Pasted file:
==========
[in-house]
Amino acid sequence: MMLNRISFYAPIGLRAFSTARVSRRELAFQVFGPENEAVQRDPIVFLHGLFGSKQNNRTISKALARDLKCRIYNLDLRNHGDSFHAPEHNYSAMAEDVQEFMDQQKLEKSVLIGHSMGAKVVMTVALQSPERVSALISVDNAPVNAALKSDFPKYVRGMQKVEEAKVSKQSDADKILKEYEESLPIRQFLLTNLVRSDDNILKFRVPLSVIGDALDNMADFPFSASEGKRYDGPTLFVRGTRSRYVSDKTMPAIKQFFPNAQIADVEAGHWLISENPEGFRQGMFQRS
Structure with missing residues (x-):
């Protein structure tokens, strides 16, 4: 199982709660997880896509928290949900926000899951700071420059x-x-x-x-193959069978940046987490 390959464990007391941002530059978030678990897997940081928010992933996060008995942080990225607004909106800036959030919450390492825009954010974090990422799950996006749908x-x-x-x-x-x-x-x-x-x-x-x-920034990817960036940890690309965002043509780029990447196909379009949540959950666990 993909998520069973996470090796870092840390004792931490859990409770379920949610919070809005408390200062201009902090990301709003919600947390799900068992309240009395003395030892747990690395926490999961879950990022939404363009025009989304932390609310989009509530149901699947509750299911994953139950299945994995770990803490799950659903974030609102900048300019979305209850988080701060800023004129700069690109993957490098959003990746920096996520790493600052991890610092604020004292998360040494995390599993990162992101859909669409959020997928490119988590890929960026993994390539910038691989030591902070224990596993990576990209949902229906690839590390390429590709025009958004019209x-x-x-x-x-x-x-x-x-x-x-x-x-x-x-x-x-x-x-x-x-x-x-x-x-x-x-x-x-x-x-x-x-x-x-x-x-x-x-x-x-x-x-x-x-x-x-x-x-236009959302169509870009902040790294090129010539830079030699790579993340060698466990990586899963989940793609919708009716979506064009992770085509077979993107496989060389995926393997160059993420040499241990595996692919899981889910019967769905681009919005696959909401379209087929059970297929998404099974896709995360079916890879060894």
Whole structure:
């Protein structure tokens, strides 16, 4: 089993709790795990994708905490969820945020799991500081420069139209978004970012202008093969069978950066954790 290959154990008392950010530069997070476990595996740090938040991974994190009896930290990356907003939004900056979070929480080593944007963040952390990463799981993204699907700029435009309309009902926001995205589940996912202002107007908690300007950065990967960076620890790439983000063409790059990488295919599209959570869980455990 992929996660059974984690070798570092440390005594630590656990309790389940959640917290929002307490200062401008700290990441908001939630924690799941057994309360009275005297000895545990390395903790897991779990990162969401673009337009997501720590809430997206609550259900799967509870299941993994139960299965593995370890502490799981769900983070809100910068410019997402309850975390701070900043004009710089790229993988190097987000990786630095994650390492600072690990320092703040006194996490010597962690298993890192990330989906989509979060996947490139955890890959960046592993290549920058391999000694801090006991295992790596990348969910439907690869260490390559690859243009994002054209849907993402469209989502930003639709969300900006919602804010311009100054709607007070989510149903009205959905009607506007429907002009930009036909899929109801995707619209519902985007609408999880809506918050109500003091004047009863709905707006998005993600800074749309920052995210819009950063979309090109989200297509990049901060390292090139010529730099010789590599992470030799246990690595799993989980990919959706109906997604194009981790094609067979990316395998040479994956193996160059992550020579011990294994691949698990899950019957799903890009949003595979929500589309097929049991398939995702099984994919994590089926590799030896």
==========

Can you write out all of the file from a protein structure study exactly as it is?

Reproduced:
[in-house]
Amino acid sequence: MMLNRISFYAPIGLRAFSTARVSRRELAFQVFGPENEAVQRDPIVFLHGLFGSKQNNRTISKALARDLKCRIYNLDLRNHGDSFHAPEHNYSAMAEDVQEFMDQQKLEKSVLIGHSMGAKVVMTVALQSPERVSALISVDNAPVNAALKSDFPKYVRGMQKVEEAKVSKQSDADKILKEYEESLPIRQFLLTNLVRSDDNILKFRVPLSVIGDALDNMADFPFSASEGKRYDGPTLFVRGTRSRYVSDKTMPAIKQFFPNAQIADVEAGHWLISENPEGFRQGMFQRS
Structure with missing residues (x-):
């Protein structure tokens, strides 16, 4: 199982709660997880896509928290949900926000899951700071420059x-x-x-x-193959069978940046987490 390959464990007391941002530059978030678990897997940081928010992933996060008995942080990225607004909106800036959030919450390492825009954010974090990422799950996006749908x-x-x-x-x-x-x-x-x-x-x-x-920034990817960036940890690309965002043509780029990447196909379009949540959950666990 993909998520069973996470090796870092840390004792931490859990409770379920949610919070809005408390200062201009902090990301709003919600947390799900068992309240009395003395030892747990690395926490999961879950990022939404363009025009989304932390609310989009509530149901699947509750299911994953139950299945994995770990803490799950659903974030609102900048300019979305209850988080701060800023004129700069690109993957490098959003990746920096996520790493600052991890610092604020004292998360040494995390599993990162992101859909669409959020997928490119988590890929960026993994390539910038691989030591902070224990596993990576990209949902229906690839590390390429590709025009958004019209x-x-x-x-x-x-x-x-x-x-x-x-x-x-x-x-x-x-x-x-x-x-x-x-x-x-x-x-x-x-x-x-x-x-x-x-x-x-x-x-x-x-x-x-x-x-x-x-x-236009959302169509870009902040790294090129010539830079030699790579993340060698466990990586899963989940793609919708009716979506064009992770085509077979993107496989060389995926393997160059993420040499241990595996692919899981889910019967769905681009919005696959909401379209087929059970297929998404099974896709995360079916890879060894």
Whole structure:
């Protein structure tokens, strides 16, 4: 089993709790795990994708905490969820945020799991500081420069139209978004970012202008093969069978950066954790 290959154990008392950010530069997070476990595996740090938040991974994190009896930290990356907003939004900056979070929480080593944007963040952390990463799981993204699907700029435009309309009902926001995205589940996912202002107007908690300007950065990967960076620890790439983000063409790059990488295919599209959570869980455990 992929996660059974984690070798570092440390005594630590656990309790389940959640917290929002307490200062401008700290990441908001939630924690799941057994309360009275005297000895545990390395903790897991779990990162969401673009337009997501720590809430997206609550259900799967509870299941993994139960299965593995370890502490799981769900983070809100910068410019997402309850975390701070900043004009710089790229993988190097987000990786630095994650390492600072690990320092703040006194996490010597962690298993890192990330989906989509979060996947490139955890890959960046592993290549920058391999000694801090006991295992790596990348969910439907690869260490390559690859243009994002054209849907993402469209989502930003639709969300900006919602804010311009100054709607007070989510149903009205959905009607506007429907002009930009036909899929109801995707619209519902985007609408999880809506918050109500003091004047009863709905707006998005993600800074749309920052995210819009950063979309090109989200297509990049901060390292090139010529730099010789590599992470030799246990690595799993989980990919959706109906997604194009981790094609067979990316395998040479994956193996160059992550020579011990294994691949698990899950019957799903890009949003595979929500589309097929049991398939995702099984994919994590089926590799030896």